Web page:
Daimler’s self-driving efforts range from the Mercedes-Benz S-Class car, pictured, to heavy-duty commercial vehicles © Michaela Handrek-Rehle/Bloomberg

Waymo is partnering commercial vehicle group Daimler Trucks to power big-rig lorries, as Alphabet’s driverless technology unit moves its technology beyond carrying passengers to hauling freight.

John Krafcik, Waymo’s chief executive, described its first partnership in the trucking sector as an “epic moment”, with its technology being aimed at unlocking “a full suite of driving capabilities, not just highway driving but full hub to hub capability, including the ability to navigate very complicated city environments”.

The two companies said they would work together to build an autonomous version of Daimler’s Freightliner Cascadia, a Class 8 truck currently equipped with driver-assist technology. They plan to make it available to US customers “in the coming years”.

The truck would be level 4 autonomous, meaning it could drive itself without human oversight, but only in predefined areas.

The partnership marks a significant milestone for Waymo, which began life in 2009 as Google’s self-driving car project and is now valued at more than $30bn. Waymo’s focus has been on robotaxis, but it launched a trucking unit in 2017 and branded it Waymo Via earlier this year.

Daimler Trucks is the world’s largest maker of commercial vehicles. The trucking arm of the Mercedes-Benz owner sells half a million units a year, earning $40bn in revenue in 2019.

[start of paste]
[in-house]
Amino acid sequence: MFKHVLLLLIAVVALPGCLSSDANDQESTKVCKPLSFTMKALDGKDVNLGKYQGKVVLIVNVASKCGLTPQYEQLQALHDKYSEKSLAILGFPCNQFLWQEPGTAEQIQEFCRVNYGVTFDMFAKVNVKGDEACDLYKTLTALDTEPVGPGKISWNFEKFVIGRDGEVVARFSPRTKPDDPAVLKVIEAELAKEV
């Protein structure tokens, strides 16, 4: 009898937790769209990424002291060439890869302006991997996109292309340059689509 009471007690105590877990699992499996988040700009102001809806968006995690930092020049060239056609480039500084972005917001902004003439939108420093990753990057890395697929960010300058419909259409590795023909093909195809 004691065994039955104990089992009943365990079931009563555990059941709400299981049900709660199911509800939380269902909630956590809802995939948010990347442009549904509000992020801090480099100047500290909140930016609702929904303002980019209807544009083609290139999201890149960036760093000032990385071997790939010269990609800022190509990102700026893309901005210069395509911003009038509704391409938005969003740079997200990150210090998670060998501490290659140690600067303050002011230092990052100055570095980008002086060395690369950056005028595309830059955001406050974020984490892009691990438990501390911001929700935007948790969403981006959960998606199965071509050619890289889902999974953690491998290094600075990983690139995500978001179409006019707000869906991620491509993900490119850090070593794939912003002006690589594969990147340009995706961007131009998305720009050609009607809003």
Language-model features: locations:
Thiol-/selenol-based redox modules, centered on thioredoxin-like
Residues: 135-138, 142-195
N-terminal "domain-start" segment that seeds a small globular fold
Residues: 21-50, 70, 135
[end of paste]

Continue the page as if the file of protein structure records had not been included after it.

The partnership is a little unexpected, with Daimler already having purchased a majority stake in the US driverless start-up Torc Robotics in early 2019. 

Martin Daum, chief executive, clarified that Daimler would be following a “dual strategy approach” to offer its customers different choices. It was unclear, however, how deep the partnership with Waymo would go and whether it would create friction with its existing road map for autonomy.

The Cascadia is set to be equipped with the Waymo Driver — a combination of vision sensors, software and computer systems, according to a press release. However, on a call with journalists, Mr Daum said: “We are partnering with Waymo on the chassis part, we are not partnering with Waymo on the software part.” 

A focus on the chassis is meant to send a signal to automotive suppliers to begin building capacity for all the necessary parts required at scale — a development that should speed up production.

“Never underestimate the difficulties we have on that piece of hardware,” Mr Daum said. “Ultimately, that has to perform at a 100 per cent rate, without any fault.”

Mr Krafcik, who a year ago called autonomous trucks “a pressing need” that could “catch on faster” than driverless cars, said he expected Waymo to be able to scale technology it has already built. “The level of invention required from our side is really quite low,” he said. 

Earlier this month, the group’s ride-hailing division, Waymo One, made its fully driverless service open to members of the public in Phoenix, Arizona — a first for the industry.

That announcement followed two years of testing with select passengers, and it remains unclear how quickly it could deploy such operations in the 25 other American cities where it is test-driving with back-up drivers behind the wheel.

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